How Area 51 got its name
Area 51’s name came from its map designation when it was added as the fifty-first area of the Atomic Energy Commission’s Nevada Proving Ground (where they tested atomic bombs).
Need to know basis
Even the U.S. President is on a “need to know basis” and doesn’t know everything that happens on the site.
Secretly acquired Soviet fighter jets
Area 51 boasted a number of secretly-acquired Soviet MiG fighter jets from which engineers designed planes to counteract the fighters’ strengths. The codename for the first project was HAVE DOUGHNUT.
Near Area 51 is Nevada’s State Route 375 (SR-375). State officials nicknamed the road “Extraterrestrial Highway” in 1996 due to the high number of reported UFO and alien sightings.
Fake lunar landing
Some conspiracy theorists believe the lunar landing was staged at Area 51 since astronauts tested lunar rovers and life support systems at the atomic testing grounds next door.
A long commute
To keep locals from suspecting something strange happening at Area 51, most of the base’s staff were flown in daily from Las Vegas 90 miles (145 km) away.
An un-hackable system
One of the biggest reasons so little information about Area 51 has been leaked is that it was never (or most areas of it were never) connected to the internet. Thus, outside hackers can’t get into its system.
The first major U.S. spy plane
President Dwight D. Eisenhower first put Area 51 under control of the CIA to develop the U-2 spy plane which played a paramount role in U.S. spy operations over the Soviet Union.
Area 51’s former employees
There’s an association for former Area 51 employees (many from Lockheed) named Roadrunners Internationale. Members meet up to discuss their work experiences, but with most information still classified, there’s little they can actually chat about.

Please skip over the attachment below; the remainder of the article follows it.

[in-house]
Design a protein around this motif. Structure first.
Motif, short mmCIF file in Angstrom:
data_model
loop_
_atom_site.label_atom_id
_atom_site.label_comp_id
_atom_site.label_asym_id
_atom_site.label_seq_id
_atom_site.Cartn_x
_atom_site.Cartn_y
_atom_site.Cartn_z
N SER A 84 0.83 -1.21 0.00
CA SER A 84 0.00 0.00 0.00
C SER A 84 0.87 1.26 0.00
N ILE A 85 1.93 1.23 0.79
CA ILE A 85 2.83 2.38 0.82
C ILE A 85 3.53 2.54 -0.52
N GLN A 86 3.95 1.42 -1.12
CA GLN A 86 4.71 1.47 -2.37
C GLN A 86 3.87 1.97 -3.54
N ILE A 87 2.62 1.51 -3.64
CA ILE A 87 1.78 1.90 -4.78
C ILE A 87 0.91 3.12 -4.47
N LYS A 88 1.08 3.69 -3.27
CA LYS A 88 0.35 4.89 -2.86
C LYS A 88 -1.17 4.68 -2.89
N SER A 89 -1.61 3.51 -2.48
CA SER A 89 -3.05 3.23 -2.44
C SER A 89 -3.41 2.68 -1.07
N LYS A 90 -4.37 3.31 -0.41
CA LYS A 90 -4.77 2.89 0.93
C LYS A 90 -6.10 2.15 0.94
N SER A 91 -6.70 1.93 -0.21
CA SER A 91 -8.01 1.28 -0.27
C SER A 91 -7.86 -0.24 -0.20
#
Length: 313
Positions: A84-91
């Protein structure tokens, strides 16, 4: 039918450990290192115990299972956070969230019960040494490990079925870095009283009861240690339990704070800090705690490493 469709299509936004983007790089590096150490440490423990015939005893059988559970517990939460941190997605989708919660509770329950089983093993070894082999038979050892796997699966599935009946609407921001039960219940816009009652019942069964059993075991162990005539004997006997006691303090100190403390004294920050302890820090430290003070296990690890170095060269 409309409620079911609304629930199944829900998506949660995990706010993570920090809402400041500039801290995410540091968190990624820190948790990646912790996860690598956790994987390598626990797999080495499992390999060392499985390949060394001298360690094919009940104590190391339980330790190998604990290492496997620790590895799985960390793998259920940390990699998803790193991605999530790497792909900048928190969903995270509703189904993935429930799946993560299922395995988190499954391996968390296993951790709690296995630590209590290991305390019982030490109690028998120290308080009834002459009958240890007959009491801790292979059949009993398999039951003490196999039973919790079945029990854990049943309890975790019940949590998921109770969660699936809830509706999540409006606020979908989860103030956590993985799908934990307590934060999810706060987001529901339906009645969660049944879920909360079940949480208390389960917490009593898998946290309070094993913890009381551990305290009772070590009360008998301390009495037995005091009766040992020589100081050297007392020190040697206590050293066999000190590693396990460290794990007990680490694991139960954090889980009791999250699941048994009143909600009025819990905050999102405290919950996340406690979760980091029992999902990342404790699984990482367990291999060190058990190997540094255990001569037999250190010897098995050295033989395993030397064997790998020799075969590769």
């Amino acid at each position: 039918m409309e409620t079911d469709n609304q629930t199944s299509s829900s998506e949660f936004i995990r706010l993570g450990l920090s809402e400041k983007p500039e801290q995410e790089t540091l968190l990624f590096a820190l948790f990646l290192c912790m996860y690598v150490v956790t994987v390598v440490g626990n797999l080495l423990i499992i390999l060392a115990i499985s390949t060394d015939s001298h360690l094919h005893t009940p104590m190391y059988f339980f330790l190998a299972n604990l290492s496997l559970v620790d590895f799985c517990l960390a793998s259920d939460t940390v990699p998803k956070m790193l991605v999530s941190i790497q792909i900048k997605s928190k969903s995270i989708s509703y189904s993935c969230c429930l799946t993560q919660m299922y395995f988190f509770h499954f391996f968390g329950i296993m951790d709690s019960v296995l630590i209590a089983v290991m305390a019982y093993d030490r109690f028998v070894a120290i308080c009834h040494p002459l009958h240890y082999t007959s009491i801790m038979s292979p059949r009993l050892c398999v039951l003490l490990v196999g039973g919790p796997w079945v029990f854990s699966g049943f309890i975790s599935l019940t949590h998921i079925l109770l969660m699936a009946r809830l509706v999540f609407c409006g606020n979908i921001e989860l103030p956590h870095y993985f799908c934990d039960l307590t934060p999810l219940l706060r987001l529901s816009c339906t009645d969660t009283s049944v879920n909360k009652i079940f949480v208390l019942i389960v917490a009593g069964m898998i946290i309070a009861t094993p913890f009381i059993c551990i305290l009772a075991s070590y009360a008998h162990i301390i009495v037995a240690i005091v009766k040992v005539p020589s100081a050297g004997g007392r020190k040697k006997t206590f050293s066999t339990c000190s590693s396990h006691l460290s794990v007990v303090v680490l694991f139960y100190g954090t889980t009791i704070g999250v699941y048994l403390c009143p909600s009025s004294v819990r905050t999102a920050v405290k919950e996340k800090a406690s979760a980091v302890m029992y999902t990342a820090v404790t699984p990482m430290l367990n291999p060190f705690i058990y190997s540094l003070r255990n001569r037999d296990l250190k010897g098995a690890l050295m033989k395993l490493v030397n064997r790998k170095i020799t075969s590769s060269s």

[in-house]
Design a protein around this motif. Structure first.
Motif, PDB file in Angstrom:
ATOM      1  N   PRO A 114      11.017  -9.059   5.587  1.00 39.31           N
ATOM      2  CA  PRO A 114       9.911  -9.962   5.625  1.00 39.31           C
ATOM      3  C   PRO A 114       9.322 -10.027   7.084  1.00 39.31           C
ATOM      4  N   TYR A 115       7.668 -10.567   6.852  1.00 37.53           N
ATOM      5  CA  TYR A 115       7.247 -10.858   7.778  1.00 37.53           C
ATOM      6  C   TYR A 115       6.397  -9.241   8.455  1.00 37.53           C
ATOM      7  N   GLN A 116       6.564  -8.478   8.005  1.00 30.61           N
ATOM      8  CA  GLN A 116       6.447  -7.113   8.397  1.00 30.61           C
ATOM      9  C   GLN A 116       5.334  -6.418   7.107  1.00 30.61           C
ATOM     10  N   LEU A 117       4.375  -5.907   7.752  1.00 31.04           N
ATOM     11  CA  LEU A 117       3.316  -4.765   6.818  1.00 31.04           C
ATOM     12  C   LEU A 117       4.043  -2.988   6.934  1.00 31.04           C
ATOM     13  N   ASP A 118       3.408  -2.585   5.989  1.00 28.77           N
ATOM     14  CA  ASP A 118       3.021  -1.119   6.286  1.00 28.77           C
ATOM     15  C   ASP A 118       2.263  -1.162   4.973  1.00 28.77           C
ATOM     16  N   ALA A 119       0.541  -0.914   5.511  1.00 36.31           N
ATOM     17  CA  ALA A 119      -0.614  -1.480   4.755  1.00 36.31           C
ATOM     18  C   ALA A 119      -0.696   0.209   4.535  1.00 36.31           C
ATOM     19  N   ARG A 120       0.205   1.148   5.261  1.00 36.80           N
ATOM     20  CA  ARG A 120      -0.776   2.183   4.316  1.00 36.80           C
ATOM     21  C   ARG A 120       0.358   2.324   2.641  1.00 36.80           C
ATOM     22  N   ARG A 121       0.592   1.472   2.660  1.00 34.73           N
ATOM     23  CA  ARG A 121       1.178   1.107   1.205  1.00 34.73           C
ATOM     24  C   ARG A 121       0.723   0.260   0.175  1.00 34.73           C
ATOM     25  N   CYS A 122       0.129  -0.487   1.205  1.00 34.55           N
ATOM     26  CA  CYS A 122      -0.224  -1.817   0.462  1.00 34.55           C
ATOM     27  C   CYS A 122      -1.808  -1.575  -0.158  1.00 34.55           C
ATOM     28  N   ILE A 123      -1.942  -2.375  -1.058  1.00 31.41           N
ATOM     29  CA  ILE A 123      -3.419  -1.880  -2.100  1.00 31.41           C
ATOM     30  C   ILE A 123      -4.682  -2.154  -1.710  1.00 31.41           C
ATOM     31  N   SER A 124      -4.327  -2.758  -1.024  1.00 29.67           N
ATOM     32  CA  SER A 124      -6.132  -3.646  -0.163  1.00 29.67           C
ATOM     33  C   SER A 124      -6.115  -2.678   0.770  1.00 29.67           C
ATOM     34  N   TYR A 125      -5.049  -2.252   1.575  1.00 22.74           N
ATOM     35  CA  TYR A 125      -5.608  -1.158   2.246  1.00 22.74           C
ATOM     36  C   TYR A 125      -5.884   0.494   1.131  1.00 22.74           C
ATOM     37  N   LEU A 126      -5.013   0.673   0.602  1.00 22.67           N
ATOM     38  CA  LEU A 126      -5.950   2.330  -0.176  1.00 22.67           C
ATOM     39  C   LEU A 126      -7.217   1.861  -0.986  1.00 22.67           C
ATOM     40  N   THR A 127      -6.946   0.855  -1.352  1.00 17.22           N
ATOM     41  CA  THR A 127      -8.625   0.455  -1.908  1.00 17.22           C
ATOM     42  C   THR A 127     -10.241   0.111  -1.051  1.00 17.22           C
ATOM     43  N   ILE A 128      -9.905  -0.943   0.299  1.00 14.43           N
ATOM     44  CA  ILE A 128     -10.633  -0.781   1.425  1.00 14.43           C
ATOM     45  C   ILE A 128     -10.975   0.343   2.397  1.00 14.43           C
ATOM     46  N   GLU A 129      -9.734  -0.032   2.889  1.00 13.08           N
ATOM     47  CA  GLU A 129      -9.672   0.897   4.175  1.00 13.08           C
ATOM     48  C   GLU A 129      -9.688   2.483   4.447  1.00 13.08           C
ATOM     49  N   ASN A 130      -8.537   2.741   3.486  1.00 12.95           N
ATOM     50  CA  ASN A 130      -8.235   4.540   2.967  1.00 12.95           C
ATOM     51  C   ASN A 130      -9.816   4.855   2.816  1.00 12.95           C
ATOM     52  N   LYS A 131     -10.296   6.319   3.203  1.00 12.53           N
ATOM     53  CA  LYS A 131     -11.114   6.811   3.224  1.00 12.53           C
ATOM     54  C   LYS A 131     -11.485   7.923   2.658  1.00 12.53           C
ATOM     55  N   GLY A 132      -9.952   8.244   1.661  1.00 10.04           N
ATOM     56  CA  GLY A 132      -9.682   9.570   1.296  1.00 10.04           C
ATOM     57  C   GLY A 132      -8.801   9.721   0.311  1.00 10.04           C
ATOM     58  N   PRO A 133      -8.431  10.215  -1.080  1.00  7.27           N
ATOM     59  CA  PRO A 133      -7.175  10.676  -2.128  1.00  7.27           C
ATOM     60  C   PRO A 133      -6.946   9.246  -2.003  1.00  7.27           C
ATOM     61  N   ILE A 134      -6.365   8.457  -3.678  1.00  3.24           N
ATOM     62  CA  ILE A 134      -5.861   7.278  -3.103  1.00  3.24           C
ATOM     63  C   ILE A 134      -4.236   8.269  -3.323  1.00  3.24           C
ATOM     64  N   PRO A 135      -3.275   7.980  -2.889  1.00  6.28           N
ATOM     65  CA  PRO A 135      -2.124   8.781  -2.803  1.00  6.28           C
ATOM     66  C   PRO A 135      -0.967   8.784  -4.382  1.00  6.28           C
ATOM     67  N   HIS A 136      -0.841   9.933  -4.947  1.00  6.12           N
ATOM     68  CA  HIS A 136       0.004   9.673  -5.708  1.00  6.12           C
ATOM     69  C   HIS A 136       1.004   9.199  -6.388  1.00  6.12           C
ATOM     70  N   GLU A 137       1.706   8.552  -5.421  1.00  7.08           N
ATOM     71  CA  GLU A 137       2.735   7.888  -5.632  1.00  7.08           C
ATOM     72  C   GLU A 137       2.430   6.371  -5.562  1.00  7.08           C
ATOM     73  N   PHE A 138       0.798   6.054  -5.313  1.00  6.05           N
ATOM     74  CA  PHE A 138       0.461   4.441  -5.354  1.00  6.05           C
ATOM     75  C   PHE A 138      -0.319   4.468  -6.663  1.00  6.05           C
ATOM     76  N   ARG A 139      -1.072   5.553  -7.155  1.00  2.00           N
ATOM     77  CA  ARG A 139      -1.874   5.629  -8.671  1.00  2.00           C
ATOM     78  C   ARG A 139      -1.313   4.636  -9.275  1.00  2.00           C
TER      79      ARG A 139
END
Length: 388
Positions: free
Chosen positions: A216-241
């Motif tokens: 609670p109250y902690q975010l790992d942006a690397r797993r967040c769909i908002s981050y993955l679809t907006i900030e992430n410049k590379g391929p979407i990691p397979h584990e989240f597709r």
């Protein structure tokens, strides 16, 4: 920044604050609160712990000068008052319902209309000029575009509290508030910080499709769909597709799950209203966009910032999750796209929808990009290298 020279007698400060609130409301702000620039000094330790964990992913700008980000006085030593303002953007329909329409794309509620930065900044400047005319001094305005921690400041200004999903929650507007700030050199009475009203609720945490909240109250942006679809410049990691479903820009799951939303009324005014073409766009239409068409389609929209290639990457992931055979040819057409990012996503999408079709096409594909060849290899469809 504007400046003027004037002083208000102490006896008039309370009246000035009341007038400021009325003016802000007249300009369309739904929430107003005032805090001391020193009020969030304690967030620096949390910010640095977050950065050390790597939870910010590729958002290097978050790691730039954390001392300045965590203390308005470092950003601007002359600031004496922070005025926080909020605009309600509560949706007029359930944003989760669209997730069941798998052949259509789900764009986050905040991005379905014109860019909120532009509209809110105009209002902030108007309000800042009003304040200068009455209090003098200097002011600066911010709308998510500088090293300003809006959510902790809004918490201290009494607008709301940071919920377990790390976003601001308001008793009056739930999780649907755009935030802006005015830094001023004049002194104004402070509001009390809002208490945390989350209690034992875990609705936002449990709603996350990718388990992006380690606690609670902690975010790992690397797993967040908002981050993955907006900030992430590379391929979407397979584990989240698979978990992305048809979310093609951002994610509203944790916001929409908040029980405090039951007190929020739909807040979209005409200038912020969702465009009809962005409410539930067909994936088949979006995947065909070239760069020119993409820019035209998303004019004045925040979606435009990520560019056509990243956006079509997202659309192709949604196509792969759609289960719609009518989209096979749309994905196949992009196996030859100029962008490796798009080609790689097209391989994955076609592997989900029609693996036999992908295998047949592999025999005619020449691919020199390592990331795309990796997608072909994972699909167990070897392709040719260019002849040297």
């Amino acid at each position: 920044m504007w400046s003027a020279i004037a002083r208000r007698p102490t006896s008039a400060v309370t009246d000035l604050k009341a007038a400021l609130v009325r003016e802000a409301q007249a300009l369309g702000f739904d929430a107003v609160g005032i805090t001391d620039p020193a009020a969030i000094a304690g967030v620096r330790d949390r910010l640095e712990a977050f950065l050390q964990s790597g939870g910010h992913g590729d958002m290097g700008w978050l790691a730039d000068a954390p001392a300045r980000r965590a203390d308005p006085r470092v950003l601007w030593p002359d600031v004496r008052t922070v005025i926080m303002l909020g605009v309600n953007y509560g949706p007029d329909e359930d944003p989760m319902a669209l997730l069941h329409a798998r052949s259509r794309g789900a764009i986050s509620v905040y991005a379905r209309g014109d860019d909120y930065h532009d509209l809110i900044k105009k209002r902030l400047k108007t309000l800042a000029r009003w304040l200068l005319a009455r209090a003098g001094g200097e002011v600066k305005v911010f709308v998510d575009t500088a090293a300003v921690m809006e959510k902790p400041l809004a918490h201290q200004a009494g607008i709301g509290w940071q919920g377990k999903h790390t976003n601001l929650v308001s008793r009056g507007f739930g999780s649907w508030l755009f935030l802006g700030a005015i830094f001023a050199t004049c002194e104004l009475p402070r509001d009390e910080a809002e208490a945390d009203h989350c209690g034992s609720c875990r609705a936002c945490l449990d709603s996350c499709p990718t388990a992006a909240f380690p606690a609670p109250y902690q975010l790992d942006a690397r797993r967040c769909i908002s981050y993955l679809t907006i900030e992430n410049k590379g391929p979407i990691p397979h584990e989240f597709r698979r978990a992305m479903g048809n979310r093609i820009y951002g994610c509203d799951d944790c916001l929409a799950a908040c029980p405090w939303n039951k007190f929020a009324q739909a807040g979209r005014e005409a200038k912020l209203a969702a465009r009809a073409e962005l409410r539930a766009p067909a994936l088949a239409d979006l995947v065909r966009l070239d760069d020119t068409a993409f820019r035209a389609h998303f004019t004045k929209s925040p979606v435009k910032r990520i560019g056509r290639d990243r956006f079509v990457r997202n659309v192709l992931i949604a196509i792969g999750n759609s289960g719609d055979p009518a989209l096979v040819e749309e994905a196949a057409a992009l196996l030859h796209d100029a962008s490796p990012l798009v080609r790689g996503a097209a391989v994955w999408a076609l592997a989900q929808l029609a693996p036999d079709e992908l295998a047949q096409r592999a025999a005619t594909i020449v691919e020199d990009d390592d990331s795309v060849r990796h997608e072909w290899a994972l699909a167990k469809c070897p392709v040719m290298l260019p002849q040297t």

Area 51’s original purpose
The area chosen for Area 51 was formerly a gunnery range for Army Air Corps pilots during World War II.
The photograph that sparked 1,000 memos
Astronauts on the U.S.’s orbiting Skylab inadvertently snapped a picture of Area 51. NASA and the intelligence community debated back and forth about the impact to national security if the image was released publicly. Ultimately, the photo was put in a collection of Skylab pictures and nobody noticed.
Poetic inspiration from Edgar Allan Poe
Area 51’s more common nickname – Dreamland – likely came from the Edgar Allan Poe poem of the same name. It warns “the traveler, traveling through it, may not-dare not openly view it; Never its mysteries are exposed, to the weak human eye unclosed.”
Area 51’s name today
Today, Area 51 is known as the “Air Force Flight Test Center, Detachment 3″ or, abbreviated, AFFTC Det. 3.
Fuel used in the A-12 OXCART could withstand temperatures so high not even a lit match would ignite it. Such powerful fuel meant the plane could fly from New York City to Los Angeles in just over an hour. It required so much space to land that a 1.6 mile (2.6 km) runway was created at Area 51.
The Soviets gave away secrets
By not classifying the work of Russian theoretical physicist and electrical engineer Pytor Ufimtsev, the Soviet Union unwittingly gave the U.S. an advantage when American scientists at Area 51 found the “Rosetta Stone breakthrough for stealth technology” in Ufimtsev’s work.
25 Demystifying Facts About Area 51 The Government Probably Doesn’t Want You To Know